Re-grinding the bed on my South Bend 13 - Page 3
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  1. #41
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    Quote Originally Posted by Richard King View Post
    If the bed is soft and not hardened the SB beds were planned, stoned and then the were square cut or scraped to break up the flat iron. If the ways are not scraped the will begin to gall up. We match fit the saddle to the bed ways. The scraping is .0002" deep and way wipers can clean out dirt as long as you replace them periodically and clean. I do not recommend you 1/2 moon flake the soft bed as normal 1/2 moon flaking the flake is .002" deep and wipers no matter how good they are will hold small chips and work under the saddle.

    I will 1/2 moon under the saddle as Tom mentioned. If the bed is ground and flame hardened or induction heat treated the bed is smooth and flat. The bottom of saddle is scraped and in some cases 1/2 moon flaked.

    Some 1/2 moon flake the bed when they are soft more for cosmetics and oil pockets. I have always been the believer that you scrape the bed and not 1/2 moon flake it. I base that on many years of scraping Bridgeport mills and finding scratched and galling because the wipers were never replaced and chips worked under there. Rich
    Our 10" SB is as you describe. There's a bit of wear but in the unworn areas, you can see ground ways with long scrap marks 1/4"-3/8" apart. I've never had the saddle off but I imagine the flaking is long gone.
    sb1-6.jpg

    On my basket case Hendey, you can kind-of see a similar approach in the un-worn areas. The V-ways down on the tailstock end have shadows of long and wide scraper marks, 1/2" or so apart. The "untouched" ways around the headstock look like they were finely planed, but no scraping.

  2. #42
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    Sorry for the late answer but I was at IMTS show and never turned on the computer. I just my cell phone and it's a pain to type on it. I wrote in another thread and it was full of typo's, lol. When they grind the bed most grinding companies indicate the ways to be sure the grinding wheel is dressed so it matches the OEM angle. Then the rebuilder / scraper depending on amount of wear will machine or grind the bottom of the saddle to that same angle. They can't grind or machine to the exact perfect 100 contact "match" fit. They have yet to find a way to make an exact fit metal to metal contact yet that's why scraping is used. If you want an exact fit you can use Moglice which is a German product the is similar to epoxy glue and you inject or apply and it will dry making an exact fit.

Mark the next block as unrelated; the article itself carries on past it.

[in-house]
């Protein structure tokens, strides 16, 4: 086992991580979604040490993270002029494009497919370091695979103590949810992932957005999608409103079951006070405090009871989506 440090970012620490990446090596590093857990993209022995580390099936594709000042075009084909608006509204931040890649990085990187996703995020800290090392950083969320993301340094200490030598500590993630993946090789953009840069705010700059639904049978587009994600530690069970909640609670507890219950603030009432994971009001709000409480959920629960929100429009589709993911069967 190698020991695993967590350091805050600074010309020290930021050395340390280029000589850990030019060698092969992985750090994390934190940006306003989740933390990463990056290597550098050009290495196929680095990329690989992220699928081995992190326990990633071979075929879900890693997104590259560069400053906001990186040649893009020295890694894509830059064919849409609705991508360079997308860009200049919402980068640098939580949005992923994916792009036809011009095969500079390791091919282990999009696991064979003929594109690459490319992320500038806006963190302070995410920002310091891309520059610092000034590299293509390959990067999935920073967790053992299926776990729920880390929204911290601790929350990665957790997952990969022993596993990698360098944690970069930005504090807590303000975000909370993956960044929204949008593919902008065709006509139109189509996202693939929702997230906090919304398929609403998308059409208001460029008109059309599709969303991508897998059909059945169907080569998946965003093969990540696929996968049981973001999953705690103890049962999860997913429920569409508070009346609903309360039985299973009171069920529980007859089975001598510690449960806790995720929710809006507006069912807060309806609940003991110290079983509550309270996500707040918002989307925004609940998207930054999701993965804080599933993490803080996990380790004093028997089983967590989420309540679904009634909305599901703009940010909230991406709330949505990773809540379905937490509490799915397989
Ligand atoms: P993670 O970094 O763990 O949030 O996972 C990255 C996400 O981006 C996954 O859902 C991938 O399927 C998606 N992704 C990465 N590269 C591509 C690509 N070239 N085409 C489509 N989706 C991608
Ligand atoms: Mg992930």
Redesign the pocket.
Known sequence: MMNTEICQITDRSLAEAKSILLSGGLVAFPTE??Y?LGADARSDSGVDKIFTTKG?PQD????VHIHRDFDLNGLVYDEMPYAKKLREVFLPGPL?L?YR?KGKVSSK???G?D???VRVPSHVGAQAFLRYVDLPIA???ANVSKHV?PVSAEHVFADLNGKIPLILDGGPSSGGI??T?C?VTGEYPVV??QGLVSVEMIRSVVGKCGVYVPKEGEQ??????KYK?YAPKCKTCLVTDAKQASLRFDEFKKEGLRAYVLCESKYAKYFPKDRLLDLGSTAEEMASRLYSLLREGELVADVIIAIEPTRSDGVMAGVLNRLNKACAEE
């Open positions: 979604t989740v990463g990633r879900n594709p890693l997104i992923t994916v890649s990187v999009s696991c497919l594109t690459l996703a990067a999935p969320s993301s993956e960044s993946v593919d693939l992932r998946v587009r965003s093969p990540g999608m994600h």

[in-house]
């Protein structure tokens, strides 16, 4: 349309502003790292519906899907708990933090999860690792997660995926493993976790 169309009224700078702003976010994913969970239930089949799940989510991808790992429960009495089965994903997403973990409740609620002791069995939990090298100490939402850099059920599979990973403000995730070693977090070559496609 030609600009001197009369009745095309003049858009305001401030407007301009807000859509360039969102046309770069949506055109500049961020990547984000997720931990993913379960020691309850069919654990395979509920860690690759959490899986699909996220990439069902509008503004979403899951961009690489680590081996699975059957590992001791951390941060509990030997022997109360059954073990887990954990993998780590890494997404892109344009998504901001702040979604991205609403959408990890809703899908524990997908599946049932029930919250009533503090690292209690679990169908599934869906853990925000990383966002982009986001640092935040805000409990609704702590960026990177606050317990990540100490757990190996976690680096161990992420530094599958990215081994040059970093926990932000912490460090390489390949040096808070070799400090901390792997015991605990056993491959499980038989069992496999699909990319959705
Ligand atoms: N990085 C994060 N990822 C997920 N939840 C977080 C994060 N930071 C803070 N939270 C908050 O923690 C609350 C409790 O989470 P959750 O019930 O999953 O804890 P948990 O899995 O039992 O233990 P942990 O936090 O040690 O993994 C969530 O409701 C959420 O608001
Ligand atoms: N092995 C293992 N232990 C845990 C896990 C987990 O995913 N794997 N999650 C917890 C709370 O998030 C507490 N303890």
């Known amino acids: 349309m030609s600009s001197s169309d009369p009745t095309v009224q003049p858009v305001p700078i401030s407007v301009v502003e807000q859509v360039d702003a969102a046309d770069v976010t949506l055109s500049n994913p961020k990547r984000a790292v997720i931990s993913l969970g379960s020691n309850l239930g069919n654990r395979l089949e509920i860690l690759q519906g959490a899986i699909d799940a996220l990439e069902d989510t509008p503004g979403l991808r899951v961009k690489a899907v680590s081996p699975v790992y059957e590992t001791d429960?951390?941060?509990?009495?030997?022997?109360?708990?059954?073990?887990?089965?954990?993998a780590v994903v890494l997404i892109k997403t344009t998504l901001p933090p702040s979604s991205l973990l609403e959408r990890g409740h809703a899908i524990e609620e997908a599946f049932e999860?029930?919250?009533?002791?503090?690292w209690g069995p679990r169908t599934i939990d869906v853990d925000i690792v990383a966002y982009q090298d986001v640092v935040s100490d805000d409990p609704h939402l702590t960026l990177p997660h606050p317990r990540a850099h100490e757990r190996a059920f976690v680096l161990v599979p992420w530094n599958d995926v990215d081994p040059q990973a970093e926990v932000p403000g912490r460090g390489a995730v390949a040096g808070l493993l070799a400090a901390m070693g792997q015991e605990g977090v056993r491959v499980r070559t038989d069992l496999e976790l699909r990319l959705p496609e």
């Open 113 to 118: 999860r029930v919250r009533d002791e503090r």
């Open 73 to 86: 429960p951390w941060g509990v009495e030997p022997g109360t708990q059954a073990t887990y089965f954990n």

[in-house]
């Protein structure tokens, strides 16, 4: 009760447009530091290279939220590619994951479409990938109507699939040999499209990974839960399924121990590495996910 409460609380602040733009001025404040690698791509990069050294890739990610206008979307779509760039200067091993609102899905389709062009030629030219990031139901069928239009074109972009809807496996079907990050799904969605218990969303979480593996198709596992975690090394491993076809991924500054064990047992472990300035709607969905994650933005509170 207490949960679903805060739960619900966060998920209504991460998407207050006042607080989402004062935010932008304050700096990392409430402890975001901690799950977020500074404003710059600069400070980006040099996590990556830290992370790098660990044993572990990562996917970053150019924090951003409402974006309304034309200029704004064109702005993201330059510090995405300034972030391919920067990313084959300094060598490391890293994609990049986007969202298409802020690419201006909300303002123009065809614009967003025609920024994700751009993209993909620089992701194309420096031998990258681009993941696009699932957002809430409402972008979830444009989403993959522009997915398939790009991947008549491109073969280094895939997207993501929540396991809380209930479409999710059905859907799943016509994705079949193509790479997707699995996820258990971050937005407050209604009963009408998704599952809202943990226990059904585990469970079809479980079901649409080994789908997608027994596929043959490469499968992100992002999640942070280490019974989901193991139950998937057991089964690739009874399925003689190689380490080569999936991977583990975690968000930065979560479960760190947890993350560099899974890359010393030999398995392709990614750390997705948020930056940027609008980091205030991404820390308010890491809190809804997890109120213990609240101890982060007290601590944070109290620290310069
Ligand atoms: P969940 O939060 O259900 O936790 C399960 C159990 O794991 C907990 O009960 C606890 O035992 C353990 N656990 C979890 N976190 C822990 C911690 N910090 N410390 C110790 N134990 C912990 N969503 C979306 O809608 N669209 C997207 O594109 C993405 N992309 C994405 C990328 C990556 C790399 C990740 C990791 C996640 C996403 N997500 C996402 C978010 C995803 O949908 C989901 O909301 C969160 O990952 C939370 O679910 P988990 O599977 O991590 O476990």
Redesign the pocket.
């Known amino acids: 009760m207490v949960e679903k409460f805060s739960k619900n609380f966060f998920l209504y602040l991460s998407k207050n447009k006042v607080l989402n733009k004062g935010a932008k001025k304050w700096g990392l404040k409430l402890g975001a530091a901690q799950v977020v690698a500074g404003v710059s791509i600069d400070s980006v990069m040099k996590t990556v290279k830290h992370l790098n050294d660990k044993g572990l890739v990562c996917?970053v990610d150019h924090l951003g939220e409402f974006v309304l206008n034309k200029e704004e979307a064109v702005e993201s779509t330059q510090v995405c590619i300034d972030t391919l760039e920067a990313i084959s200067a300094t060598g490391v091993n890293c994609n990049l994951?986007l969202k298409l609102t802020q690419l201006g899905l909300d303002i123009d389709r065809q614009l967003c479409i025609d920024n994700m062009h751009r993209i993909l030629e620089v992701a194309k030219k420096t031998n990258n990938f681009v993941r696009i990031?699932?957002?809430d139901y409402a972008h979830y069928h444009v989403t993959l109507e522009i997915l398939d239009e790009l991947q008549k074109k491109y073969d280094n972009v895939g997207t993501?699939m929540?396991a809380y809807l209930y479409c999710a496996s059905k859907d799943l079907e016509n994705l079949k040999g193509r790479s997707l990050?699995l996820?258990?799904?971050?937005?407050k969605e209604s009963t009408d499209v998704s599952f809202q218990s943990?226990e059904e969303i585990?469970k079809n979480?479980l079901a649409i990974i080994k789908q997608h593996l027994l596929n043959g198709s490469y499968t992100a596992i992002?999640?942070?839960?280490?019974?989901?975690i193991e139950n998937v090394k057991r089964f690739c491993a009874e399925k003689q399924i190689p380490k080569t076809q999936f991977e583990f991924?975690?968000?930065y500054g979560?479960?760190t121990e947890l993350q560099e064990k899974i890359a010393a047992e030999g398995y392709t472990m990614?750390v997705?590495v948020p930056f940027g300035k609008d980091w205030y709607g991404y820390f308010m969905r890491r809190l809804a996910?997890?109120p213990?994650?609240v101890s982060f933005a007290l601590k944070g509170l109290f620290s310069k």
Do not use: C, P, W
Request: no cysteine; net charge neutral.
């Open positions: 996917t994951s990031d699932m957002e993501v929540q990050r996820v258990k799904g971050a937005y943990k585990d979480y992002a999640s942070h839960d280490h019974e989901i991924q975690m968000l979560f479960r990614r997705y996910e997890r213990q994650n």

I say Moglice, Rulon 142, Turcite B and there are other brands of materials, that you either inject, apply. that have revolutionized the machine tool building / rebuilding.


    As I said before a soft bed machine wears faster if it is left alone. Think about when an inspector rubs 2 gage blocks together and they stick together. Or laying 2 plates of glass with a thin layer of water or oil on it and trying to separate them, they stick. On a soft bed machine the exact 100% contact will not allow oil to stay under the saddle. It will force out all the oil and act more like a seal and stick and then as the iron fatigues it starts pull the metal out and scratch and eventually gall.


    That's why they scrape the bed so they have a "flat way bearing" that the oil can circulate around. Think about the old days when they used bronze bushings instead of ball bearings. The scrape mark is like the ball of a ball bearing. That's a ball "bearing" the high spot next to a scraped mark is a "flat bearing" .


    Many times the machine rebuilder or builder just ground the bed accurately enough so all they did or do is break up the super ground flat surface. Like SB did. They use a hand or power scraper to "break" up the surface so the high spot holds the weight and low scraped spot is an oil reservoir. The bottom of the saddle is match fit 50% contact and 50% low spots. I'll attach a sheet "Sip, the famous Swiss machine builder" made and gave BIAX and I permission to copy and use. It shows the difference of bad scraping to good or contact.

    The other 2 are out of my work booklet I give to my students that I wrote and have copyrighted. They show why we like to scrape 20 PPI to carry the weight of the "matched fit" "riding" surfaces.

    There are all sorts of techniques used in breaking up the surfaces. 1/2 moon flaking, long scraping as NB shows, square cutting as I have described. :-) Rich
    Attached Thumbnails Attached Thumbnails 20170201_141959_008.jpg   20170201_142101.jpg   20170201_142115.jpg  

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  4. #43
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    Good information Rich.
    If a guy went through the work of grinding and scraping a South Bend could it then be flame hardened?
    Or is the casting the wrong mix of iron?

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    Quote Originally Posted by Richard King View Post